Sunday, November 24, 2013

Monday Morning Meditation #96: On Being Good Caretakers

I am very, very happy to be back home from Madrid. While I had good job-related accomplishments there and enjoyed seeing three different cities -- Madrid, Toleda, and Alcala, stolen credit card numbers (not sure from which merchant because that information is held confidential) plagued me. Fortunately, Master Card International was on top of it all, and only one of the numbers had been used; that was a purchase that the card company declined because they had the card being used in Texas and Madrid on the same day! Smart card company -- although they thought Madrid was the fraudulent use when it really was Texas.

Well, back to the task at hand, I have continued on in Ezekiel, but not far. The verse that caught my eye, Ezekiel 36:5, is probably one that seems odd and not very full of meaning. However, if you put it into a larger context, there is considerable meaning. Here is the verse:
"This is what the Sovereign LORD says: In my burning zeal I have spoken against the rest of the nations, and against all Edom, for with glee and with malice in their hearts they made my land their own possession so that they might plunder its pastureland."
Reading: Ezekial 36:5
Meditation: It seems to me that the message that can be gleaned from this passage is so simple as to be profound. The land we live on is not ours; it is God's for the giving and the taking. If we live on it, we should take care of it, and we should share it.

Last February, we bought a house. it seemed to fall into our hands. We had not planned to buy a house, but our landlord decided to sell the one we were living in and asked us if we wanted to buy it. We learned the price, and while fair, our thought was that if we were going to buy a house, we should look for one a little larger. The rental was a two-bedroom in a historic district. Since Donnie used one bedroom for an office, guests had to sleep on our couch. If we bought this particular house, we could not modify it because it was historic. So, we looked for 3-bedroom houses in the same price range.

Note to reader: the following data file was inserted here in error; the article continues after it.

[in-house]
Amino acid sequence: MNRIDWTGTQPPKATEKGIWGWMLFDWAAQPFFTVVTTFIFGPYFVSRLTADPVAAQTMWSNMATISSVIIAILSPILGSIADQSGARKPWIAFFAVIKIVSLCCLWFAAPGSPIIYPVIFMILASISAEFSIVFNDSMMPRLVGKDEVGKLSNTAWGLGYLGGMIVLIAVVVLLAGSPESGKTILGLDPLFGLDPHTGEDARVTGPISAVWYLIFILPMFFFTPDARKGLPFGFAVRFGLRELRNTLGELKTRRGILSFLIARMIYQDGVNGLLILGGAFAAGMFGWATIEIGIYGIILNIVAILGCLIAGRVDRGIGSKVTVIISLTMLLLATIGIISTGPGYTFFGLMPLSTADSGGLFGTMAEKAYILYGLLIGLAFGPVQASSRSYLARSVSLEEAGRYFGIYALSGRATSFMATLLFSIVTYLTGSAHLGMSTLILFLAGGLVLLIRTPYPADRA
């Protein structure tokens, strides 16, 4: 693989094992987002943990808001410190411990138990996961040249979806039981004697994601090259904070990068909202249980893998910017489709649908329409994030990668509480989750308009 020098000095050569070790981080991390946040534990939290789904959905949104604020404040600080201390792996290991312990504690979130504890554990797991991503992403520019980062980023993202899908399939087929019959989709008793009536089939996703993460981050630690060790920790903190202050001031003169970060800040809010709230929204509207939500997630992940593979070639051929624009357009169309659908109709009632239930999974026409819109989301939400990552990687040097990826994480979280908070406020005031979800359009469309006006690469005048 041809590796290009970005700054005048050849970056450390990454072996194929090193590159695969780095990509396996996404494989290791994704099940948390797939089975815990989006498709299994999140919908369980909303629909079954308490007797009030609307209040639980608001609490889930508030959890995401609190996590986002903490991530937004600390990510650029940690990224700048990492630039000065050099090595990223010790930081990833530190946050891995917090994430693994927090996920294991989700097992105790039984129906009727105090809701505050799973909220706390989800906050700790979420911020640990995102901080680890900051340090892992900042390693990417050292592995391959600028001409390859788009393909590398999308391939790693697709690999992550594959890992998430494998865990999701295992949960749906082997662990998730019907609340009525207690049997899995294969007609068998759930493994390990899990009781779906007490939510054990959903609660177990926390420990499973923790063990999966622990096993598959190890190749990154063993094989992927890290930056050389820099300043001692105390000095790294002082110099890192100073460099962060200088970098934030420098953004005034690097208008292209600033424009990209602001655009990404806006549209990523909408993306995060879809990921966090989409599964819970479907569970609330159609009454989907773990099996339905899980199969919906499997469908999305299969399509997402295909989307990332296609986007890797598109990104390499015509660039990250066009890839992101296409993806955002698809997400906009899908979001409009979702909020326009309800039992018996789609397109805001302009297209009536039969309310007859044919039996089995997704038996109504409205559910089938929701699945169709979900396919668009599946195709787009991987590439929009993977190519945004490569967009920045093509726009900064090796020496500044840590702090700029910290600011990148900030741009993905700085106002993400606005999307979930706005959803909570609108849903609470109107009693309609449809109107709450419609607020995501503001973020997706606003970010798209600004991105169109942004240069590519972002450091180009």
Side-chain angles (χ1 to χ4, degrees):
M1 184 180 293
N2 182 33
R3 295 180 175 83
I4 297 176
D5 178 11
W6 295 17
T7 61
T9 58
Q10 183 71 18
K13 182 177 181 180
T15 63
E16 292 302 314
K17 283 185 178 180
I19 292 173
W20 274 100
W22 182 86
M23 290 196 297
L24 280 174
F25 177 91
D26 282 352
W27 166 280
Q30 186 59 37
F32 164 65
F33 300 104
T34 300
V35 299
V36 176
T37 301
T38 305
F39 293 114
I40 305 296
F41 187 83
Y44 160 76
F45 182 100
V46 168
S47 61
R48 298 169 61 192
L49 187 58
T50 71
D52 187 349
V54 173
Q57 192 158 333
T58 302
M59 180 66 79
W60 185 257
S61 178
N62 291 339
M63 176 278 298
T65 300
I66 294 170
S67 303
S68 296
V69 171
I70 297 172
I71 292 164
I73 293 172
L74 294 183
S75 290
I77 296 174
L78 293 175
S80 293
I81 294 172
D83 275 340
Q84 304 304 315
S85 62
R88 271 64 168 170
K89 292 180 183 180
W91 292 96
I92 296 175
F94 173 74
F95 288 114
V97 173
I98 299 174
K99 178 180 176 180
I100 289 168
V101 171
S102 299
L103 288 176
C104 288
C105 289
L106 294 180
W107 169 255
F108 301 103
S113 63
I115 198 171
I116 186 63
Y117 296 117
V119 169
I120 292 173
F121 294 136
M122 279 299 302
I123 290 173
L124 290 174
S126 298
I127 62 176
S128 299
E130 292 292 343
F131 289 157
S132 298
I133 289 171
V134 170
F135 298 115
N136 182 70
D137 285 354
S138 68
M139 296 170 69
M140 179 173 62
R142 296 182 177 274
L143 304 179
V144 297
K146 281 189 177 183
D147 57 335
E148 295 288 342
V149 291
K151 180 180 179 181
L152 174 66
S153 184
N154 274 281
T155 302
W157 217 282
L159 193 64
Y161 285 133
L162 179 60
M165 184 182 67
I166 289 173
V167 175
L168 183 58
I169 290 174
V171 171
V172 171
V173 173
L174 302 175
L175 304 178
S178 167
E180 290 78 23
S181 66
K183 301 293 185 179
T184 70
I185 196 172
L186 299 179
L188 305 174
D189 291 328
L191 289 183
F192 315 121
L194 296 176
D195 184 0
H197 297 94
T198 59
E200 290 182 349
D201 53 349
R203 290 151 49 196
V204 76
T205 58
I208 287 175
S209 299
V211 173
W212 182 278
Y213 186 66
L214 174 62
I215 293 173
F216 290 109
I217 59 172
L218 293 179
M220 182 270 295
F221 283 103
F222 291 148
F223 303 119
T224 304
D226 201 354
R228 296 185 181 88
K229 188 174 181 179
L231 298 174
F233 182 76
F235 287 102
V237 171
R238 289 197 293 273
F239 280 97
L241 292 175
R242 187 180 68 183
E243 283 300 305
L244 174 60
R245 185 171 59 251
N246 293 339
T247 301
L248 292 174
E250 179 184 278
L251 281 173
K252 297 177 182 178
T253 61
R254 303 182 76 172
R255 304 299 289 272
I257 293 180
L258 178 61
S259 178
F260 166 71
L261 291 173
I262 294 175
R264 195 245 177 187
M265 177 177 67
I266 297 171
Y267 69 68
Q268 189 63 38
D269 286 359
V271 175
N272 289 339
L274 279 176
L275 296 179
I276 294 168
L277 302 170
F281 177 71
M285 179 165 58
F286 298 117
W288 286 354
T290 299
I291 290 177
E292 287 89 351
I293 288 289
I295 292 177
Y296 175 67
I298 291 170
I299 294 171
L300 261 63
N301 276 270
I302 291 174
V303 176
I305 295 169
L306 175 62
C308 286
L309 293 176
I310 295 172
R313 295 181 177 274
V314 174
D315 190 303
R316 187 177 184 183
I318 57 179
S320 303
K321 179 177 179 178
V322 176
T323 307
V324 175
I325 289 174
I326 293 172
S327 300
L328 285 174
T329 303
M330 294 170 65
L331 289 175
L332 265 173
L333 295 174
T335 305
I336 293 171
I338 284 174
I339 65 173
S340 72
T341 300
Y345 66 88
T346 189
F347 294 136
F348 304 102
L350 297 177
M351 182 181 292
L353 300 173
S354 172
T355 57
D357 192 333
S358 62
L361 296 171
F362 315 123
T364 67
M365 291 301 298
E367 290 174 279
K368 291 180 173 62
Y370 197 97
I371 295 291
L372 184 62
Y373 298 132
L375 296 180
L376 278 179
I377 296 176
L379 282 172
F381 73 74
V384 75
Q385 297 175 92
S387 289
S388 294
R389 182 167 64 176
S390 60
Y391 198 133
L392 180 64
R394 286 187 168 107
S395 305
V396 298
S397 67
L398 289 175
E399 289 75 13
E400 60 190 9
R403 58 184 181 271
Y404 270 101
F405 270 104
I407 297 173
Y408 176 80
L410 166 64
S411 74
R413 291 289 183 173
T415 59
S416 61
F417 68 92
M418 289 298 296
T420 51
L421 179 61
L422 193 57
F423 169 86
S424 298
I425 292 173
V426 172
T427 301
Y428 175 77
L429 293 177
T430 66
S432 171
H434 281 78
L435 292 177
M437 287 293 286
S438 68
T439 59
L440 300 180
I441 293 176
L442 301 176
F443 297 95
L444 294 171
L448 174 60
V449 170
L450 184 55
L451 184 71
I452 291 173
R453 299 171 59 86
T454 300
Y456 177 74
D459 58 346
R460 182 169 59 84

That is when in our very first gander at Internet listings, we saw the house we bought. In fact, it was the only house we looked at. It had five (!) bedroooms, sat on top of a hill overlooking town and yet within walking distance of the mission and downtown, and had been recently remodeled -- all for the same price as the two-bedroom house we had been renting. Not planning to buy, we had not saved up a down payment. No problem. I had a 30-year-old VA loan that had never been used, and those do not require down payments. Further, when I looked in the files, which have been moved from hither to yon over the last 30 years, the eligibility certificate was right on top! It seemed that this house was to be ours.

I have been very aware since moving here that this house is God's as much as mine, and the doors are always open to all. We have had been events here, beginning with the house blessing which was open to all in town. At that event, someone told me that this used to be a million-dollar house (I can see that), and that no one was invited to visit. Well, we have changed all that. We have a guest room for out of towners, prayer group movie nights meet here, and others who want to come, just do so. We are not owners; we are just God's caretakers for the time that we are allowed to be here.

Contemplation: That is far as I can go with you this Monday morning. I now retire to private prayer to praise God His great kindness in giving us, His tenants, a great land to live on. I will thank God for the latitude we are given to take care of His property. I will ask God to remind me of my "proper" role should I ever think that I, not God, am the owner of anything. Then I will move on to contemplation, my favorite part of the day, letting God take over the direction in which my relationship with Him moves.

I will leave you now to your prayer and contemplation. First, though, I would like to bring to your attention a Monday morning prayer post that you might enjoy:

Fr. Austin Fleming, priest of the Archdiocese of Boston and pastor in Concord, Massachusetts, posts a prayer each Monday morning that he calls "Monday Morning Offering." I enjoy his prayers very much. I think you also will find them inspirational. He has graciously given me permission to include a link to his blog on my Monday Morning Meditation posts. (During the week, he also posts great homilies and other thoughtful discussions. I enjoy reading those, too, as do readers of this blog who have taken the stroll over to his blog.)

For additional inspiration throughout the week, I would point out two sets of blogs: (1) the list of devotional blogs on my sidebar and (2) my blogroll, where I am following a number of inspirational priests and writers about spiritual matters. I learn so very much from all these people. I highly recommend them to you.

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